The objective of this study was to characterize the pore-scale dissolution of organic immiscible-liquid blobs residing within natural porous media. Synchrotron X-ray microtomography was used to obtain high-resolution, three-dimensional images of the aqueous, organic-liquid, and solid phases residing in columns packed with one of two porous media. Images of the packed columns were obtained after a stable, discontinuous distribution (e.g., residual saturation) of the organic liquid (trichloroethene) had been established, and three subsequent times during column flushing. These data were used to characterize the morphology of the organic-liquid blobs as a function of dissolution, and to quantify changes in total organic-liquid volume, surface area, and water-organic liquid interfacial area. The dissolution dynamics of individual blobs appeared to be influenced by the local pore configuration. In addition to dissolution-induced shrinkage, some blobs were observed to separate into multiple distinct subunits. The median blob size decreased by approximately a factor of 2 at the point where approximately 90% of the initial organic-liquid volume had been removed. The ratio of capillary associated interfacial area to total water-organic liquid interfacial area increased by 50% at the point where approximately 95% of the initial mass had been removed. A nearly linear relationship was observed between both total and capillary associated interfacial area and organic liquid volumetric fraction. Changes in the measured aqueous-phase trichloroethene effluent concentrations were well correlated with changes in the volume, surface area, and number of blobs. The effluent concentration data were adequately described by a first-order mass transfer expression employing a constant value of the mass-transfer coefficient, with values for the water-organic liquid interfacial area obtained independently from the microtomography data.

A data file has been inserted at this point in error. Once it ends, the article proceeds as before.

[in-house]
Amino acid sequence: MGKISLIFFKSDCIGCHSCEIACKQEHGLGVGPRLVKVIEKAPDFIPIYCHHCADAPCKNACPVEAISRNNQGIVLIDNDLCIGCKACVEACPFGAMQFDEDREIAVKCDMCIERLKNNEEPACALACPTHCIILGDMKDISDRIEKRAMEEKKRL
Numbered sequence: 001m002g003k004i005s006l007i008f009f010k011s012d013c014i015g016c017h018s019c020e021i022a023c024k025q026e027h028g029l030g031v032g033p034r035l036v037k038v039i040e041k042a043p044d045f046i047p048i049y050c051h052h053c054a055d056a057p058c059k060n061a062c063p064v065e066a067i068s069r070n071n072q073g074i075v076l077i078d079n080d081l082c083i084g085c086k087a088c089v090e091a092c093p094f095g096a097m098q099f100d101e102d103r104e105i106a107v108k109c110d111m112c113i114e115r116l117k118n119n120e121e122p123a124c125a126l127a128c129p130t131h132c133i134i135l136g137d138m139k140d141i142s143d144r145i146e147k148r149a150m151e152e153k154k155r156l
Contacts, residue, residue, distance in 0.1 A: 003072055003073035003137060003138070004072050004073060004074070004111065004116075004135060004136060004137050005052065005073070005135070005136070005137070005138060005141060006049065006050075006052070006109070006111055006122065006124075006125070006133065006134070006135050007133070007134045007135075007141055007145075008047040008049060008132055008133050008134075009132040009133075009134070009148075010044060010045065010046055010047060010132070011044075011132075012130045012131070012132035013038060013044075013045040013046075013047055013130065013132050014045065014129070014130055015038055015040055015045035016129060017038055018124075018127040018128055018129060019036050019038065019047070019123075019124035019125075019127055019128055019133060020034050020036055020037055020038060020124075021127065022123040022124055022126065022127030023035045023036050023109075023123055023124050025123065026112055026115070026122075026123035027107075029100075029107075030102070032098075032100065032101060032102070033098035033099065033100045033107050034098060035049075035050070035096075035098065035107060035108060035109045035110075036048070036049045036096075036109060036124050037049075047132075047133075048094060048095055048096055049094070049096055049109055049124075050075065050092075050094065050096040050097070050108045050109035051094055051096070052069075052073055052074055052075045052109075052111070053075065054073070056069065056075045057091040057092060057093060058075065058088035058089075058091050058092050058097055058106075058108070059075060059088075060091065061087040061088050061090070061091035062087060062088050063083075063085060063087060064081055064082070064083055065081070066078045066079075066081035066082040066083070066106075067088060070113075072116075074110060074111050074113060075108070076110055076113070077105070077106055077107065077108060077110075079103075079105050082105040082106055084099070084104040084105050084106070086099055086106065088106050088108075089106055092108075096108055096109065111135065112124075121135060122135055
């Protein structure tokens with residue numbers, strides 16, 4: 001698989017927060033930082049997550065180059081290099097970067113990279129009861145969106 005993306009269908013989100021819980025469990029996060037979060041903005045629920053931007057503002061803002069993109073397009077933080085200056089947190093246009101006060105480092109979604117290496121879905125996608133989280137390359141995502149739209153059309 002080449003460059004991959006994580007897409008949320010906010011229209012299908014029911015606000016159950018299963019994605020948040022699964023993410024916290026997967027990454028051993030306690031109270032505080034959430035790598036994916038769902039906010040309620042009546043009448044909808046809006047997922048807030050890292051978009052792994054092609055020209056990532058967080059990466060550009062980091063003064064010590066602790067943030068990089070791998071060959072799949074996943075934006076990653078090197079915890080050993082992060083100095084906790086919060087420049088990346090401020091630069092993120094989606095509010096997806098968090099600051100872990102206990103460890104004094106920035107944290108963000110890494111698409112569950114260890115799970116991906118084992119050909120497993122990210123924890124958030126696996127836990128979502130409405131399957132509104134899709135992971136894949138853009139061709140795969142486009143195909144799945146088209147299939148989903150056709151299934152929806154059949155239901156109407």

ASJC Scopus subject areas
- Environmental Chemistry